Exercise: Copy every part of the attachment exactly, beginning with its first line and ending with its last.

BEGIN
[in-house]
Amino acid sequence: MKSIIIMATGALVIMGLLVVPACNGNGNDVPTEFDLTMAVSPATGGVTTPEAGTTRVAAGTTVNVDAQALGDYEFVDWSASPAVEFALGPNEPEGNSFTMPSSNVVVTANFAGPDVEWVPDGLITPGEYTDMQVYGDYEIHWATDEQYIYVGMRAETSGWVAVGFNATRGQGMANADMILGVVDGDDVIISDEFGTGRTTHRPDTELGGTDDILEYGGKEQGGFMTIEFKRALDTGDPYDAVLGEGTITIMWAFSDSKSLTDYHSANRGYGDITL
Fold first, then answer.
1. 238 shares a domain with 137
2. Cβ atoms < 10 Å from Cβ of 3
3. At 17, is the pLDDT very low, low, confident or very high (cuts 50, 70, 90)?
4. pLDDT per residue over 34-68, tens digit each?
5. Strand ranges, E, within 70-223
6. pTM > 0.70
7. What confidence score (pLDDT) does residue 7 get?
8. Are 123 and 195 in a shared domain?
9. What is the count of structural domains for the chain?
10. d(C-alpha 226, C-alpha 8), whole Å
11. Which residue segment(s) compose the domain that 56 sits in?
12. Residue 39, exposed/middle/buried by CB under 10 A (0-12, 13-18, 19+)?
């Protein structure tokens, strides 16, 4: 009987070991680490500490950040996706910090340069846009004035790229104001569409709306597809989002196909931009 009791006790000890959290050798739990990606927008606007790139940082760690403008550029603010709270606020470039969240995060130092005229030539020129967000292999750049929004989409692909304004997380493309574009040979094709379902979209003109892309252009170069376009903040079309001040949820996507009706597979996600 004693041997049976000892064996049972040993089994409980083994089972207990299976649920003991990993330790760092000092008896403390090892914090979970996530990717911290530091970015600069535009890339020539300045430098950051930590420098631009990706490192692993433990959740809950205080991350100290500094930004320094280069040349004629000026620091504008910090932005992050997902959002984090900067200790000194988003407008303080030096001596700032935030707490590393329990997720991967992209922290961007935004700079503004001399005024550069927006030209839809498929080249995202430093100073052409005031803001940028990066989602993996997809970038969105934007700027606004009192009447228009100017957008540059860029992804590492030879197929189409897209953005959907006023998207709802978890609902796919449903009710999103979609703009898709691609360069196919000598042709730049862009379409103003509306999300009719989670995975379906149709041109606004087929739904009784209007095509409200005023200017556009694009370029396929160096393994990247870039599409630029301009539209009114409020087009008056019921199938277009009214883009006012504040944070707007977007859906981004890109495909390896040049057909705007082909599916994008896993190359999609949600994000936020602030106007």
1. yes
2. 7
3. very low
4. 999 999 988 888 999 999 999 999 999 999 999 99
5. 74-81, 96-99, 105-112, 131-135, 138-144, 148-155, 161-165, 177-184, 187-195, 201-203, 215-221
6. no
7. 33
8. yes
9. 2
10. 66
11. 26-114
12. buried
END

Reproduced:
[in-house]
Amino acid sequence: MKSIIIMATGALVIMGLLVVPACNGNGNDVPTEFDLTMAVSPATGGVTTPEAGTTRVAAGTTVNVDAQALGDYEFVDWSASPAVEFALGPNEPEGNSFTMPSSNVVVTANFAGPDVEWVPDGLITPGEYTDMQVYGDYEIHWATDEQYIYVGMRAETSGWVAVGFNATRGQGMANADMILGVVDGDDVIISDEFGTGRTTHRPDTELGGTDDILEYGGKEQGGFMTIEFKRALDTGDPYDAVLGEGTITIMWAFSDSKSLTDYHSANRGYGDITL
Fold first, then answer.
1. 238 shares a domain with 137
2. Cβ atoms < 10 Å from Cβ of 3
3. At 17, is the pLDDT very low, low, confident or very high (cuts 50, 70, 90)?
4. pLDDT per residue over 34-68, tens digit each?
5. Strand ranges, E, within 70-223
6. pTM > 0.70
7. What confidence score (pLDDT) does residue 7 get?
8. Are 123 and 195 in a shared domain?
9. What is the count of structural domains for the chain?
10. d(C-alpha 226, C-alpha 8), whole Å
11. Which residue segment(s) compose the domain that 56 sits in?
12. Residue 39, exposed/middle/buried by CB under 10 A (0-12, 13-18, 19+)?
């Protein structure tokens, strides 16, 4: 009987070991680490500490950040996706910090340069846009004035790229104001569409709306597809989002196909931009 009791006790000890959290050798739990990606927008606007790139940082760690403008550029603010709270606020470039969240995060130092005229030539020129967000292999750049929004989409692909304004997380493309574009040979094709379902979209003109892309252009170069376009903040079309001040949820996507009706597979996600 004693041997049976000892064996049972040993089994409980083994089972207990299976649920003991990993330790760092000092008896403390090892914090979970996530990717911290530091970015600069535009890339020539300045430098950051930590420098631009990706490192692993433990959740809950205080991350100290500094930004320094280069040349004629000026620091504008910090932005992050997902959002984090900067200790000194988003407008303080030096001596700032935030707490590393329990997720991967992209922290961007935004700079503004001399005024550069927006030209839809498929080249995202430093100073052409005031803001940028990066989602993996997809970038969105934007700027606004009192009447228009100017957008540059860029992804590492030879197929189409897209953005959907006023998207709802978890609902796919449903009710999103979609703009898709691609360069196919000598042709730049862009379409103003509306999300009719989670995975379906149709041109606004087929739904009784209007095509409200005023200017556009694009370029396929160096393994990247870039599409630029301009539209009114409020087009008056019921199938277009009214883009006012504040944070707007977007859906981004890109495909390896040049057909705007082909599916994008896993190359999609949600994000936020602030106007």
1. yes
2. 7
3. very low
4. 999 999 988 888 999 999 999 999 999 999 999 99
5. 74-81, 96-99, 105-112, 131-135, 138-144, 148-155, 161-165, 177-184, 187-195, 201-203, 215-221
6. no
7. 33
8. yes
9. 2
10. 66
11. 26-114
12. buried